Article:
It has been weeks since the 2018 Met Gala and I still can't stop thinking about Rihanna's look. God, it was a work of art (no pun intended here). Truth be told, I don't know why Lily Collins was vastly underappreciated that night; her look was my second favorite.
I look forward to this even every year. With my popcorn, I sit in front of the TV and gaze at all the designers' impeccable creations. Most of the time it leaves me marveling at what I would wear, had I miraculously been invited to attend - or if I'd come up with $30,000 to buy a ticket with Anna Wintour's approval. But while I've consumed myself with the heavenly fashion of the Met Gala, I couldn't help but wonder: what actually happens inside? The mystery had been eating at me for quite some time now. We see a televised event of the fashion on the red carpet and then it just ends after that. Why?
Also known as the Met Ball, the Met Gala is an annual fundraising event that takes place on the first Monday of May for New York City's Metropolitan Museum of Art's Costume Institute Gala. It houses the largest collection of fashion in the world. In 2017, 12 million dollars was raised for the department.
But what actually happens inside is apparently a huge secret. Not even the New York Times knows. Guests are strictly forbidden to bring their phones in, as well as forbidden from posting photos beyond what is shown on the red carpet on social media. Although it doesn't seem like the celebrities are too keen on following the rules.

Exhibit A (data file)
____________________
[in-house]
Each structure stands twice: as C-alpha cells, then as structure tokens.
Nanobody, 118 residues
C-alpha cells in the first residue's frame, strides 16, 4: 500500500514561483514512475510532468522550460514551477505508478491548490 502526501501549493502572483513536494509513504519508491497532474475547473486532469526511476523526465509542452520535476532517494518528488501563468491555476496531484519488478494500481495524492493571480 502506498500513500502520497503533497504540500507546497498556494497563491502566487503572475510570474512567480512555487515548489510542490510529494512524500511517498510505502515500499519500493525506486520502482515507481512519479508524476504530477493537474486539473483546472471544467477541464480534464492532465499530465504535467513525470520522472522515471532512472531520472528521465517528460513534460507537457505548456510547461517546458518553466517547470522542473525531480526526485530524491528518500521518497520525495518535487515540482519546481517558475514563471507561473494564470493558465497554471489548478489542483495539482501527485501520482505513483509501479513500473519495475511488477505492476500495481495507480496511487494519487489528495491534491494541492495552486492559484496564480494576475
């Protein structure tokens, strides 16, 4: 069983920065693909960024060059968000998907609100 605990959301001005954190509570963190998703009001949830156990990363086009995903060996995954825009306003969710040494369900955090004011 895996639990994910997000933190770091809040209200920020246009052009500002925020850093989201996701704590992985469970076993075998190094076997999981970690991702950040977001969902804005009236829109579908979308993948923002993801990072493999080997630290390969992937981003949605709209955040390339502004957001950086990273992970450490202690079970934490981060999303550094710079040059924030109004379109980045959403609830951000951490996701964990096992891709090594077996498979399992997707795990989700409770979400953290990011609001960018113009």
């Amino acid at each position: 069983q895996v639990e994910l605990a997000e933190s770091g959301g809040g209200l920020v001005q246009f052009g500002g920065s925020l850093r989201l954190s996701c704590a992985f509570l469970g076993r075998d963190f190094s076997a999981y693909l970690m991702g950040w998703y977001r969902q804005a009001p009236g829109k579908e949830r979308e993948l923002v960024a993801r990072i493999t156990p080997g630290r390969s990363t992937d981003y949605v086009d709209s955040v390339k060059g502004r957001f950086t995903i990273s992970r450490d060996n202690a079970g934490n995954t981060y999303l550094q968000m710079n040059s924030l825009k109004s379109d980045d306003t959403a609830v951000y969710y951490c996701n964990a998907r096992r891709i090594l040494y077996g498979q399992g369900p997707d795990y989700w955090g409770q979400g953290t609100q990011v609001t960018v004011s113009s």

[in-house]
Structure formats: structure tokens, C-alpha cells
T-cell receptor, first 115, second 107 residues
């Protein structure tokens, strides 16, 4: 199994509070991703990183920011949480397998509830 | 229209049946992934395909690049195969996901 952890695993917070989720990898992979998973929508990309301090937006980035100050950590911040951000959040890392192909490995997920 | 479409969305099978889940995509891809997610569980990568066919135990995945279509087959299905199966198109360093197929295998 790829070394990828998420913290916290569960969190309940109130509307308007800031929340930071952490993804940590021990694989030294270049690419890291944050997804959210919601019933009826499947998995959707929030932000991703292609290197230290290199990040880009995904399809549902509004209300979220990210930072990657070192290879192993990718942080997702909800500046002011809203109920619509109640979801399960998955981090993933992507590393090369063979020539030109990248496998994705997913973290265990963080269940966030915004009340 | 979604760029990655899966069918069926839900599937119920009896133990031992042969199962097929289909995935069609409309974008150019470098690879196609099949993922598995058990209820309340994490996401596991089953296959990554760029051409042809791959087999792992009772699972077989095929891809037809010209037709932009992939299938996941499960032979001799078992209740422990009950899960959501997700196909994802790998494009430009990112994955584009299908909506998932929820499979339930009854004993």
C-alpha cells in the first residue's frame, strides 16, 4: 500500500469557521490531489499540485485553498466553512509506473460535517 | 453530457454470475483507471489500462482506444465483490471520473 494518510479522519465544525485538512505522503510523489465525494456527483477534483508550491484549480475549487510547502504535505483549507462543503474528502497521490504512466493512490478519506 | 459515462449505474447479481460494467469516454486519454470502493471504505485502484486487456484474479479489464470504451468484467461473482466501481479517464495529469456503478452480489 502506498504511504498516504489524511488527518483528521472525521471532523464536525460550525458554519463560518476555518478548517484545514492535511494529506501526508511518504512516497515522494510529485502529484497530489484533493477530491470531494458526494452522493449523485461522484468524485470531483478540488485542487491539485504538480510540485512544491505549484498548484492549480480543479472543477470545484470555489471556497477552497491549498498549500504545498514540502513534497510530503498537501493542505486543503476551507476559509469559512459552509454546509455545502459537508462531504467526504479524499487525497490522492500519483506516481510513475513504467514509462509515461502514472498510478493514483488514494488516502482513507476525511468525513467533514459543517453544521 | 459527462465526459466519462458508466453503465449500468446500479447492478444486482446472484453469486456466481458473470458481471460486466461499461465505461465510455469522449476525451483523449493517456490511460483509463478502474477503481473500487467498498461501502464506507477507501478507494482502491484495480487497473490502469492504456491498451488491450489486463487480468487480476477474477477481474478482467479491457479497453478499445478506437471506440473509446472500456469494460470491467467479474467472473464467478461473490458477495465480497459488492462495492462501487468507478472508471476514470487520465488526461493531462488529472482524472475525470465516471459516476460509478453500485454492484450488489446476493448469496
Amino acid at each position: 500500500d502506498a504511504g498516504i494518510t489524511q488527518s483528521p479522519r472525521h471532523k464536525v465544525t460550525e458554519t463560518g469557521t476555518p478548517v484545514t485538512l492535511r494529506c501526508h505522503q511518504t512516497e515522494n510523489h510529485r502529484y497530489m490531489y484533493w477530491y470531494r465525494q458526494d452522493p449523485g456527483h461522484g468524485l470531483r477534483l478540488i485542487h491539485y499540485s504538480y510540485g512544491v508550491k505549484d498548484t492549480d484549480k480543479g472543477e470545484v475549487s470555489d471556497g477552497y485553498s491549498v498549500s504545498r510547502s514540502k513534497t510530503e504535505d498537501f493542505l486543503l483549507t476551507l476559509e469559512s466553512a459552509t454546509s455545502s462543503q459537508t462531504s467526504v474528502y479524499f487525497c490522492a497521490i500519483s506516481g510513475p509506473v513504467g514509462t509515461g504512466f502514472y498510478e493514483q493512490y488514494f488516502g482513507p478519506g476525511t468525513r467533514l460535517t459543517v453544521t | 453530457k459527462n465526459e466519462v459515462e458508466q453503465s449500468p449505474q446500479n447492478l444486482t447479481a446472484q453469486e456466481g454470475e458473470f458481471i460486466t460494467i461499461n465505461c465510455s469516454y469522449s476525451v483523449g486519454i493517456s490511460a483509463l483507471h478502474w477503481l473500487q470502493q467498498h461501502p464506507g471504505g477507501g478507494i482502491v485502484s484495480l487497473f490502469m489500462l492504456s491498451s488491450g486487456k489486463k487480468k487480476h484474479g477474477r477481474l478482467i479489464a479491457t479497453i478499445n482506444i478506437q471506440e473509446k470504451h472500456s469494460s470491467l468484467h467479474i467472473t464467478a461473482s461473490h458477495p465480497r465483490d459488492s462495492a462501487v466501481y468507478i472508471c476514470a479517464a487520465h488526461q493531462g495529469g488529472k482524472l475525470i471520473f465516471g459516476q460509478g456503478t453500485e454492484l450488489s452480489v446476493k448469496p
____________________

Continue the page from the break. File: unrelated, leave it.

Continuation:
Once the lucky guests make their way inside they have the opportunity to tour the museum and get an exclusive look at the opening of the Costume Institute exhibition before it is open to the public. Shortly after they are then are treated to a dinner and several performances.
Essentially what happens inside is a celebration of fashion and the fashion industry. It is considered the Oscars of the fashion world. Curators of the Costume Institute have expressed that in the 19th-century fashion was quickly dismissed as art and has been frequently looked down upon in the Metropolitan Museum of Art. The Met Gala is what proves them all wrong.
Each celebrity has been chosen to wear a gown by designers. It's like assignments.
- André Leon Talley
Each designer brings his own muse. A singer, a friend, a model, an actress. You bring the person that most represents your aesthetic.
- Riccardo Tisci
In The First Monday in May, a documentary on Netflix, it is revealed that Anna Wintour understands that high fashion, when it's paired with a celebrity it "becomes something bigger than both" and "that attention accrues to the reputation of the museum."
Although we may not know what exactly happens the night of the Met Gala, I think it's important to know that the event certainly does draw attention to the details and hard work that goes into creating the looks that celebrities wear. Fashion, as well as the Costume Institute, rightfully so, deserves to be seen as art.